Need To Build A Battery Replacement For Elenco 300 in 1 Kit

Thread Starter

HowdeeDoodee

Joined Dec 28, 2006
6
I got an Elenco 300 in 1 kit for Christmas. The kit eats batteries. The problem is the kit has no on-off switch going to the battery pack underneath the breadboard and connectors. I need ideas for building a "disconnectable" battery pack for the kit that sits outside the plastic breadboard and connectors. Six AA, 1.5 volt batteries power the unit. The voltages available in the kit are 1.5 volt, 3.0 volts, 4.5 volts, 6.0 volts, 7.5 volts and 9.0 volts.

Thank you in advance for your help.
 

shortbus

Joined Sep 30, 2009
7,330
If you leave a circuit built on the board it will continue to operate, draining the batteries. Or at least this is how the old ones were. To keep it from eating batteries, you need to remove all of the components/circuits when your done working with it, or remove the batteries.

Or you could add a "master switch". But this would mean modifying the board. Cut the link between the negative pole of the battery box and wire in a SPST switch. This would allow you to shut of the power to the board. The old manuals did have a warning to remove batteries when not in use, don't know about the new one.
 

Thread Starter

HowdeeDoodee

Joined Dec 28, 2006
6
Thank you for the suggestions. Right now I think I am going to add an external battery box and port the positive and negative terminals into the box on the underside of the board.
 

tracecom

Joined Apr 16, 2010
3,944
Thank you for the suggestions. Right now I think I am going to add an external battery box and port the positive and negative terminals into the box on the underside of the board.
I am guessing that the varying voltages in the kit depend upon being able to tap into the battery pack one cell at a time. If that is the case, then your external battery pack will need that capability as well. As such, there will be seven wires needed from the battery pack to the kit, which will be difficult to do from a standard 6-cell battery pack. You may find that six individual battery holders will be needed.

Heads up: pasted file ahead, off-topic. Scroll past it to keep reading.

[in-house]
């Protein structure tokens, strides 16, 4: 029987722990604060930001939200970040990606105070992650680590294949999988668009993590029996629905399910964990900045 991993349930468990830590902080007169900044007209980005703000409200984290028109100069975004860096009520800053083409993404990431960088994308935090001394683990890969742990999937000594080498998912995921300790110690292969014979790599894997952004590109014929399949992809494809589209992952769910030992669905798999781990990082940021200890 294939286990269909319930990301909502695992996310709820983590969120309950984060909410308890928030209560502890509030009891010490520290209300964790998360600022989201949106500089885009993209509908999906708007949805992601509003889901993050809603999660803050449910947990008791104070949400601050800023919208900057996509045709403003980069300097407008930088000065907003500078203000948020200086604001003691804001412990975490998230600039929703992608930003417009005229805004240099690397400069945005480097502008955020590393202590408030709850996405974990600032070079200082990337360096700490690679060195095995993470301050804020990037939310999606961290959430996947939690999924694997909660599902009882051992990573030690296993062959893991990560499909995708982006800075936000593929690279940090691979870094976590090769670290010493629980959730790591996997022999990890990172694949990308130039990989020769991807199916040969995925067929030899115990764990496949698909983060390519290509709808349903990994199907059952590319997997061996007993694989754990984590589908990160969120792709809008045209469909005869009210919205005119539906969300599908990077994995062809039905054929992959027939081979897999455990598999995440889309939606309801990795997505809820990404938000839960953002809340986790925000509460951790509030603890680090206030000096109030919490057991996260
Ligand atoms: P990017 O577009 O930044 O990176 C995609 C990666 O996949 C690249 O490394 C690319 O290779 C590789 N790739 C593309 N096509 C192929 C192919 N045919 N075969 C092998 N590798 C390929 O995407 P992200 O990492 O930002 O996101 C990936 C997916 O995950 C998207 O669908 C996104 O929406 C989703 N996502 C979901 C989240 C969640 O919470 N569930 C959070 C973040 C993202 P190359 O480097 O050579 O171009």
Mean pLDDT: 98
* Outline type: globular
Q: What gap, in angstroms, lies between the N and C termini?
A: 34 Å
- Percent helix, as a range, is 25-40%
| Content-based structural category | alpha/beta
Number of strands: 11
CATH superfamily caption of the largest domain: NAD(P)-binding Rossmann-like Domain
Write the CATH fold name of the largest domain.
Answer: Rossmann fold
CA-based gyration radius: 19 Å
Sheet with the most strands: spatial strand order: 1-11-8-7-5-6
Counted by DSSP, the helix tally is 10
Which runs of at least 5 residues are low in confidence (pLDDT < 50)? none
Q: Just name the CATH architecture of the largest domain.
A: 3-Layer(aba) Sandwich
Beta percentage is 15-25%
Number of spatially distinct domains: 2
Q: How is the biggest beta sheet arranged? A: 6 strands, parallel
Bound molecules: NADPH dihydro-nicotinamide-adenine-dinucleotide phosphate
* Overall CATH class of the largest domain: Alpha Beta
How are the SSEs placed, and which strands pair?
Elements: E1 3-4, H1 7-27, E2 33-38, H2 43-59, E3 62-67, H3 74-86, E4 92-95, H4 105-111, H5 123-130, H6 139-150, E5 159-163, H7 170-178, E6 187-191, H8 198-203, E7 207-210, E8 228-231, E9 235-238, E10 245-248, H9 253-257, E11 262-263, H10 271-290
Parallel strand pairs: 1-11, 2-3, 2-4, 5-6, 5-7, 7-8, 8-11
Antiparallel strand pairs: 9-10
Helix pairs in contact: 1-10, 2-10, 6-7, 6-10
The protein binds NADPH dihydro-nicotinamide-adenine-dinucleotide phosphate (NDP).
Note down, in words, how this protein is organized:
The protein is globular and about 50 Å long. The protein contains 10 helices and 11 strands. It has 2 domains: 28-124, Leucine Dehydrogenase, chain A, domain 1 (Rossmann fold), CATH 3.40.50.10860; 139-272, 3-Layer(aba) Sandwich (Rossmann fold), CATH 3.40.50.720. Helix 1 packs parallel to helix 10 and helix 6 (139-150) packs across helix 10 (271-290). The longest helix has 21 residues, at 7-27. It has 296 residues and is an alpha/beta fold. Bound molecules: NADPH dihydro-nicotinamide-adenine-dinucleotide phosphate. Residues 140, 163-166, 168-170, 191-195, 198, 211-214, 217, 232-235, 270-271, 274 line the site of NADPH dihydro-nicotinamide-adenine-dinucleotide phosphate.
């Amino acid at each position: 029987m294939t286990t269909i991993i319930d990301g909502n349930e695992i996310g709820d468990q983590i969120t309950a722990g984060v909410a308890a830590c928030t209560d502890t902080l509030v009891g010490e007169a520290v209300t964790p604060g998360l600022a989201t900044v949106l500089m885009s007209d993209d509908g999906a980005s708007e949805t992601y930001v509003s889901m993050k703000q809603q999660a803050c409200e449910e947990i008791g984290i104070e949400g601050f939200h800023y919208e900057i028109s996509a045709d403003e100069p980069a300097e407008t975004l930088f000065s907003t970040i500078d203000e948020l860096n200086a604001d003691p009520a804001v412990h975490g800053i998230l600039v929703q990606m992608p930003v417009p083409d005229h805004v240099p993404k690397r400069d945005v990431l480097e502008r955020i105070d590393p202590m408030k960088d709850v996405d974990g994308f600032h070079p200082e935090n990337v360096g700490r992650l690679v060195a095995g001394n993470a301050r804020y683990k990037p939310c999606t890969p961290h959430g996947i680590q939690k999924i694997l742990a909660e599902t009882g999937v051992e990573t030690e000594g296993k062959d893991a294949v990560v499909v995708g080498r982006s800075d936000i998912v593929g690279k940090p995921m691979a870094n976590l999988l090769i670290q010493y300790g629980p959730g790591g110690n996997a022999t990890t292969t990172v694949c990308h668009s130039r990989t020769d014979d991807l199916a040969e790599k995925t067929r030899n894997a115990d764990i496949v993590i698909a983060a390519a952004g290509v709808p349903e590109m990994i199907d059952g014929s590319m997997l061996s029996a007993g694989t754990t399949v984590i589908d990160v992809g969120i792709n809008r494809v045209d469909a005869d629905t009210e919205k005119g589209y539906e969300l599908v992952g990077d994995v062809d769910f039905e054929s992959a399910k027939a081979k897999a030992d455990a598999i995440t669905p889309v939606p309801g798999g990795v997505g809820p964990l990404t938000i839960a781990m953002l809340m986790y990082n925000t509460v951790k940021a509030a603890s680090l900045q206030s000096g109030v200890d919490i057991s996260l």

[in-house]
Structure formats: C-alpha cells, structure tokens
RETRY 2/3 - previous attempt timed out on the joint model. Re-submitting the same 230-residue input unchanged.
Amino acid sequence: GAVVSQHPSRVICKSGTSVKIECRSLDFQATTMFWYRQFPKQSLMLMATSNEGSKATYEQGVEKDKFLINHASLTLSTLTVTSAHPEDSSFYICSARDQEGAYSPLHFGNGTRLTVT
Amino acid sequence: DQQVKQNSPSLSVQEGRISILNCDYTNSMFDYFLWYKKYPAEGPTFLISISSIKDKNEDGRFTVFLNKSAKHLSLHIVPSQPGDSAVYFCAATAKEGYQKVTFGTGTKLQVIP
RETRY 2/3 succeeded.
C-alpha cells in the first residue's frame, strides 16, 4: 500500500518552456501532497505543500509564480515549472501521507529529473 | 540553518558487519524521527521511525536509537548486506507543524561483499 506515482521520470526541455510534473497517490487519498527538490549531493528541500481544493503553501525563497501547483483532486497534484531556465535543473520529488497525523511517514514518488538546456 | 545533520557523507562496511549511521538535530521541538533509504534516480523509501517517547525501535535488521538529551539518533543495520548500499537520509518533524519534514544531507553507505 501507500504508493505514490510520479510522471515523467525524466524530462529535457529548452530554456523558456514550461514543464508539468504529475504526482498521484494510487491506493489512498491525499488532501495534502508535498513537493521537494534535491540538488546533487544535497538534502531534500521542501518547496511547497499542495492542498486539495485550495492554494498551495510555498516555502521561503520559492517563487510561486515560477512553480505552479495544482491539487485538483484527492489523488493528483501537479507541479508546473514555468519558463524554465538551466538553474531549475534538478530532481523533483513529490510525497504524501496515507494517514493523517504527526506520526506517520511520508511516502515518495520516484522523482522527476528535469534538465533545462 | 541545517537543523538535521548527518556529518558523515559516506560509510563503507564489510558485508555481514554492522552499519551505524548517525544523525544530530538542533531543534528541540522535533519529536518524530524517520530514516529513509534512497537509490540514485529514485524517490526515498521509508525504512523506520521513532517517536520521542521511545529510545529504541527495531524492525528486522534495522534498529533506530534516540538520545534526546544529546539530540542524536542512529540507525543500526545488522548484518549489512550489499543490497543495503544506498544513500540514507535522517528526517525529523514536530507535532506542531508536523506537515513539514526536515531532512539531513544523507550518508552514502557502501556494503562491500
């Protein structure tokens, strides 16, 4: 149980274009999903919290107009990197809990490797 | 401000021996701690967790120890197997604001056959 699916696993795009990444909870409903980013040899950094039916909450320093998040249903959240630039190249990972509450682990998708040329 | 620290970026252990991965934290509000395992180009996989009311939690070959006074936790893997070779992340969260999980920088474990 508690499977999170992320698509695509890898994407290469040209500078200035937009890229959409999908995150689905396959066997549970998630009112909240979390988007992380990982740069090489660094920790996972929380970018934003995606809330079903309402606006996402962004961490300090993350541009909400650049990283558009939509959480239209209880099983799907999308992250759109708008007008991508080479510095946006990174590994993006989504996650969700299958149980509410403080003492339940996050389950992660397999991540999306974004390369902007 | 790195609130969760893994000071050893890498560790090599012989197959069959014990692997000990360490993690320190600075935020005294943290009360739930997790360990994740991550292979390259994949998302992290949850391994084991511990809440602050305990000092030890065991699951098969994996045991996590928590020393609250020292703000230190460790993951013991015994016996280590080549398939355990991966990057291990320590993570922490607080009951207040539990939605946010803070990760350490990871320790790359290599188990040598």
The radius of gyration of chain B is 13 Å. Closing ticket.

t06afre

Joined May 11, 2009
5,934
I am guessing that the varying voltages in the kit depend upon being able to tap into the battery pack one cell at a time. If that is the case, then your external battery pack will need that capability as well. As such, there will be seven wires needed from the battery pack to the kit, which will be difficult to do from a standard 6-cell battery pack. You may find that six individual battery holders will be needed.
That is one of the reasons why I asked for picture of the battery box
 

inwo

Joined Nov 7, 2013
2,419
Or this.....................
With a switch or matching plug.
Common battery pack.

Choosing and matching Vf should get closer.

Not as silly as it looks.:D
And educational!
 

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shortbus

Joined Sep 30, 2009
7,330
I am guessing that the varying voltages in the kit depend upon being able to tap into the battery pack one cell at a time. If that is the case, then your external battery pack will need that capability as well. As such, there will be seven wires needed from the battery pack to the kit, which will be difficult to do from a standard 6-cell battery pack. You may find that six individual battery holders will be needed.
That's the way mine is. That's why I said to switch the negative lead, it will cut out all of the voltages that way.
 

burger2227

Joined Feb 3, 2014
194
Or this.....................
With a switch or matching plug.
Common battery pack.

Choosing and matching Vf should get closer.

Not as silly as it looks.:D
And educational!
Instead of tapping between diodes which would require at least 10 ma of current to reduce voltage .6 volts, just tap different colored wires between the 6 batteries. 9 volt batteries don't deliver much bang for the buck. Less than AAA even.
 

inwo

Joined Nov 7, 2013
2,419
Instead of tapping between diodes which would require at least 10 ma of current to reduce voltage .6 volts, just tap different colored wires between the 6 batteries. 9 volt batteries don't deliver much bang for the buck. Less than AAA even.
I was thinking that, but then battery levels would get out of whack.

A few mA load resistor is simple enough.

Also, those battery packs are neatly packaged.
 
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